The PKU Paradox
A Short History of a Genetic Disease
Publication Year: 2013
Published by: The Johns Hopkins University Press
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Title Page, Copyright Page
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Disease is a fundamental aspect of the human condition. Ancient kind?s written records, and sickness and death still confound us. We have not banished pain, disability, or the fear of death, even if we die, on the average, at older ages, of chronic and not acute ills, corporate time- and place-specific ideas, social assumptions, and ...
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Phenylketonuria, or PKU as it is more familiarly known, is a rare disorder, affecting only about one in fifteen thousand individu-als. In the United States, for example, about 275 infants are born with the disease each year.1 Thus, in a lifetime of practice, most physicians will not encounter a single case. Yet, probably every ...
List of Abbreviations
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Introduction. Pearl Buck, PKU, and Mental Retardation
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...told the story of her cognitively impaired daughter, Carol. At the time, Carol was 30 years old and living at the Vineland Training School in New Jersey, where she had been resident for more than baby; strong and healthy, at first she seemed to develop normally. reassuring, there were mounting signs of trouble. Carol exhibited ...
Chapter 1. The Discovery of PKU as a Metabolic Disorder
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...fine in early infancy but was slow to begin to talk. Consulting the family doctor, this mother, too, was assured there was no cause for concern. A brother, Dag, born when Liv was 3 years old, also severe than his sister?s. Liv learned to speak a few words and exhib-ited a spastic gait and seemingly random movements; in contrast, ...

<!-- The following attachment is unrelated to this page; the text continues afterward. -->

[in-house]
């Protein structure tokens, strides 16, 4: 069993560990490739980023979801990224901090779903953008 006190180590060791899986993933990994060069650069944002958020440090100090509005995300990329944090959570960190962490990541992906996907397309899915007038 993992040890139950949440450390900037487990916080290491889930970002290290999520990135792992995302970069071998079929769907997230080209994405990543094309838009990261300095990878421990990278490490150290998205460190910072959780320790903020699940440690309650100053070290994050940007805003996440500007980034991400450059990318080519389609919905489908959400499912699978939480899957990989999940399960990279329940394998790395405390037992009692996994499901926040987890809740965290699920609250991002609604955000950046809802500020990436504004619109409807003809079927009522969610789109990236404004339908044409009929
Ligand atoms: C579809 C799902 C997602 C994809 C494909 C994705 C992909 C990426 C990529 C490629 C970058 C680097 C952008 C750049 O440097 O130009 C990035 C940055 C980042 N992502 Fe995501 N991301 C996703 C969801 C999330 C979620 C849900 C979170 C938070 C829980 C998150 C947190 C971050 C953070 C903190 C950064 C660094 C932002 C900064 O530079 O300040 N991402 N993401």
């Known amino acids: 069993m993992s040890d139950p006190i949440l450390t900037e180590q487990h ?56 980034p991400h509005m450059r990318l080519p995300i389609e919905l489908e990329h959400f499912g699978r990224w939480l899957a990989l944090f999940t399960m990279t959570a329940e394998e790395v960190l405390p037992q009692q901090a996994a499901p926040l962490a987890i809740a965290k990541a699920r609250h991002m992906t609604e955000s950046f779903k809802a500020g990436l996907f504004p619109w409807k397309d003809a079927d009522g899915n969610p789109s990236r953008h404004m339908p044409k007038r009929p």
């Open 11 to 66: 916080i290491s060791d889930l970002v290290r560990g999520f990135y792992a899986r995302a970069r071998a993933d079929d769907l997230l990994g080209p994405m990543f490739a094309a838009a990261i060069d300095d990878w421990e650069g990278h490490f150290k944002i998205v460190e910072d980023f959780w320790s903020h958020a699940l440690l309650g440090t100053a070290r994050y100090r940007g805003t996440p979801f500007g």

Chapter 2. PKU as a Form of Cognitive Impairment
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For scientists and clinicians in the early twentieth century, phe-nylketonuria was a scientific puzzle connecting biochemistry and symptoms; for affected children and their families, phenylketon-uria meant living with a cognitive impairment. Before the discov-ery of an effective intervention to prevent neurological symptoms, ...
Chapter 3. Testing and Treating Newborns, 1950–1962
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By the 1950s, scientific medicine offered hope that the medical tual, laboratory, clinical, and practical steps. Scientists and clini-cians needed to agree that high levels of phenylalanine were the problem; they needed to create an affordable infant formula that controlled the intake of phenylalanine but did not exclude other ...
Chapter 4. The Campaign for Mandatory Testing
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United States, where medical practice has historically focused on the diagnosis and treatment of individual patients by their pri-vate physician, with the role of government generally restricted health departments have long played a role in controlling infec-ally been implemented in the context of the private physician?s ...
Chapter 5. Sources of Skepticism
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...icized ?legislation which has included public pressure for a specific therapy at a time when competent medical investigators are not in agreement on the criteria for diagnosis, natural course of the dis-ease or optimal therapy or therapies.?1 The American Academy of tee on the Handicapped Child was especially critical. Its statement ...
Chapter 6. New Paradigms for PKU